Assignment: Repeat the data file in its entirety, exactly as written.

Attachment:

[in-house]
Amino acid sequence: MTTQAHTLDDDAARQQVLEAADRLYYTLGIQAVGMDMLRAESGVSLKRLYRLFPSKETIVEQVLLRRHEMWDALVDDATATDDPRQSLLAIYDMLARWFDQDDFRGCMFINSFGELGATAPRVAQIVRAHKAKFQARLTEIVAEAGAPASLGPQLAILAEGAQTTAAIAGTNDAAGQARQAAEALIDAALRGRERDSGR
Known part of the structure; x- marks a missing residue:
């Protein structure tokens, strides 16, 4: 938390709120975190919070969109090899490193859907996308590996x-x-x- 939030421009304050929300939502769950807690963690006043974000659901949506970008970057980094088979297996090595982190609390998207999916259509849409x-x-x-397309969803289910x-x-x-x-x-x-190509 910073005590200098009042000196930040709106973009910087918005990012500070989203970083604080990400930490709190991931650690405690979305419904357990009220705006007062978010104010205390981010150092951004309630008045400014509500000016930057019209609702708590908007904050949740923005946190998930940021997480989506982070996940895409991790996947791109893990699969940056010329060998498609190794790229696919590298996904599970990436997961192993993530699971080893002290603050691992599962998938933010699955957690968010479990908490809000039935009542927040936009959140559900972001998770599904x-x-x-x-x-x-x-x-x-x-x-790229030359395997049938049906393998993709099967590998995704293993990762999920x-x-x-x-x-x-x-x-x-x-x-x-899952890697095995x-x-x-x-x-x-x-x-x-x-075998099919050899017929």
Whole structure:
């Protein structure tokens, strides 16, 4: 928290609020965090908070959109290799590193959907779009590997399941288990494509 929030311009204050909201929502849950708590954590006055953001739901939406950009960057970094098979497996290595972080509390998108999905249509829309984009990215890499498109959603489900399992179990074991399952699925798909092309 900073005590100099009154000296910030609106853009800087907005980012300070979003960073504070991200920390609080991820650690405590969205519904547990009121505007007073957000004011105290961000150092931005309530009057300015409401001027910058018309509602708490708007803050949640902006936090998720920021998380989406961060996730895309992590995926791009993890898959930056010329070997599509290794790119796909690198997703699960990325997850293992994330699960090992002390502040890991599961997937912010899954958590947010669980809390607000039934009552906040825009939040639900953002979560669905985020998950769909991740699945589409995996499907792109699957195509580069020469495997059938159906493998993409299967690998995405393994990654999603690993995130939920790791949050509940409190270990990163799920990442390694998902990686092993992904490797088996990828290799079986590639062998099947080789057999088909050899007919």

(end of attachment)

[in-house]
Amino acid sequence: MTTQAHTLDDDAARQQVLEAADRLYYTLGIQAVGMDMLRAESGVSLKRLYRLFPSKETIVEQVLLRRHEMWDALVDDATATDDPRQSLLAIYDMLARWFDQDDFRGCMFINSFGELGATAPRVAQIVRAHKAKFQARLTEIVAEAGAPASLGPQLAILAEGAQTTAAIAGTNDAAGQARQAAEALIDAALRGRERDSGR
Known part of the structure; x- marks a missing residue:
């Protein structure tokens, strides 16, 4: 938390709120975190919070969109090899490193859907996308590996x-x-x- 939030421009304050929300939502769950807690963690006043974000659901949506970008970057980094088979297996090595982190609390998207999916259509849409x-x-x-397309969803289910x-x-x-x-x-x-190509 910073005590200098009042000196930040709106973009910087918005990012500070989203970083604080990400930490709190991931650690405690979305419904357990009220705006007062978010104010205390981010150092951004309630008045400014509500000016930057019209609702708590908007904050949740923005946190998930940021997480989506982070996940895409991790996947791109893990699969940056010329060998498609190794790229696919590298996904599970990436997961192993993530699971080893002290603050691992599962998938933010699955957690968010479990908490809000039935009542927040936009959140559900972001998770599904x-x-x-x-x-x-x-x-x-x-x-790229030359395997049938049906393998993709099967590998995704293993990762999920x-x-x-x-x-x-x-x-x-x-x-x-899952890697095995x-x-x-x-x-x-x-x-x-x-075998099919050899017929």
Whole structure:
């Protein structure tokens, strides 16, 4: 928290609020965090908070959109290799590193959907779009590997399941288990494509 929030311009204050909201929502849950708590954590006055953001739901939406950009960057970094098979497996290595972080509390998108999905249509829309984009990215890499498109959603489900399992179990074991399952699925798909092309 900073005590100099009154000296910030609106853009800087907005980012300070979003960073504070991200920390609080991820650690405590969205519904547990009121505007007073957000004011105290961000150092931005309530009057300015409401001027910058018309509602708490708007803050949640902006936090998720920021998380989406961060996730895309992590995926791009993890898959930056010329070997599509290794790119796909690198997703699960990325997850293992994330699960090992002390502040890991599961997937912010899954958590947010669980809390607000039934009552906040825009939040639900953002979560669905985020998950769909991740699945589409995996499907792109699957195509580069020469495997059938159906493998993409299967690998995405393994990654999603690993995130939920790791949050509940409190270990990163799920990442390694998902990686092993992904490797088996990828290799079986590639062998099947080789057999088909050899007919």